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    I am hoping steve or keith may shed some light on what we are seeing here in the pics of the break supplied by Rudd -

    when a ceness kat brake at the machi the pics showed large nobbly looking grains at the break - this looks the opposite of that .


    Rudd if the guy is a forum buddy of yours I apologise for coming off too harsh or critical - I speak as Ifind though and stand behind my earlier comments on safety issues .

    Sorry mate if I came off as beng a judgemental arse .

    Mick
    " Put on the full armor of God so that you can take your stand against the devil's schemes. For our struggle is not against flesh and blood, but against principalities, against the authorities, against the powers of this dark world and against the spiritual forces of evil in the heavenly realms."



    Ephesians 6:11

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    92xx series is like the 10xx series with 2% Silicon.
    good blade for when strength is desired.

    I am not a metalurgist. I am an electrician, and a bladesmith. From the picture, it looks like the grain of the blade is small, so I assume grain growth was not a contributing factor in the break. I t looks to have hardened well.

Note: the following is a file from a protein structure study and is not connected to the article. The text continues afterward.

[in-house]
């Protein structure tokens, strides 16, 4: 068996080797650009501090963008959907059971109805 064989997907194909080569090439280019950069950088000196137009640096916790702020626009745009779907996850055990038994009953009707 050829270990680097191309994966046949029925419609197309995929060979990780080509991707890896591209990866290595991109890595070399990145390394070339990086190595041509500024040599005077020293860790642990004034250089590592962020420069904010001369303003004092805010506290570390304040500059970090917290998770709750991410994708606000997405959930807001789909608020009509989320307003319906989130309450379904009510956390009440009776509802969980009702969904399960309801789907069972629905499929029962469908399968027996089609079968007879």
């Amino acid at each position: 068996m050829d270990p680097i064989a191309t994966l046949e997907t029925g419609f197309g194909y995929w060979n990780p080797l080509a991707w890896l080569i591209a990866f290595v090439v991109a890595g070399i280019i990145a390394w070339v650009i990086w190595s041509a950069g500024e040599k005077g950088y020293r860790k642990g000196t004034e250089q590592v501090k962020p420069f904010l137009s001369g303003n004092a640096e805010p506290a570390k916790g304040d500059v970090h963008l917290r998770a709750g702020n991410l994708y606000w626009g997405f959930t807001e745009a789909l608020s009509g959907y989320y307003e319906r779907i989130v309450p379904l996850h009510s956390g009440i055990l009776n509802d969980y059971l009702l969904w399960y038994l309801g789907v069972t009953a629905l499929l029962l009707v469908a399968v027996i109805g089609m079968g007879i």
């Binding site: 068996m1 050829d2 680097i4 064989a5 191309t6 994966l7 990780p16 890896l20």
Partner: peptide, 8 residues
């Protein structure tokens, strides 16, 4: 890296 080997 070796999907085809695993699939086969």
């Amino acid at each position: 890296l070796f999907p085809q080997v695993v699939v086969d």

In the second picture, I notice a flap of steel projecting away from the main body of the break, This tells me that it was twisted, and not a clean impact. BUt that is not supprising from the baseball bat grip and method of cutting he was "performing"

    I can not tell about tempering from the photo, but it does appear impact and the twist together cause the failure. But once again, metalography is not my expertise. Just my 2 cents.

  13. #13
    Hey, guys...

    Hard to say from photos. The first photo looks more "grainy" than the second. Having photographed stuff like this the angle of light can make a huge difference in making the size of the grain "show" in a photo. So it is hard to say.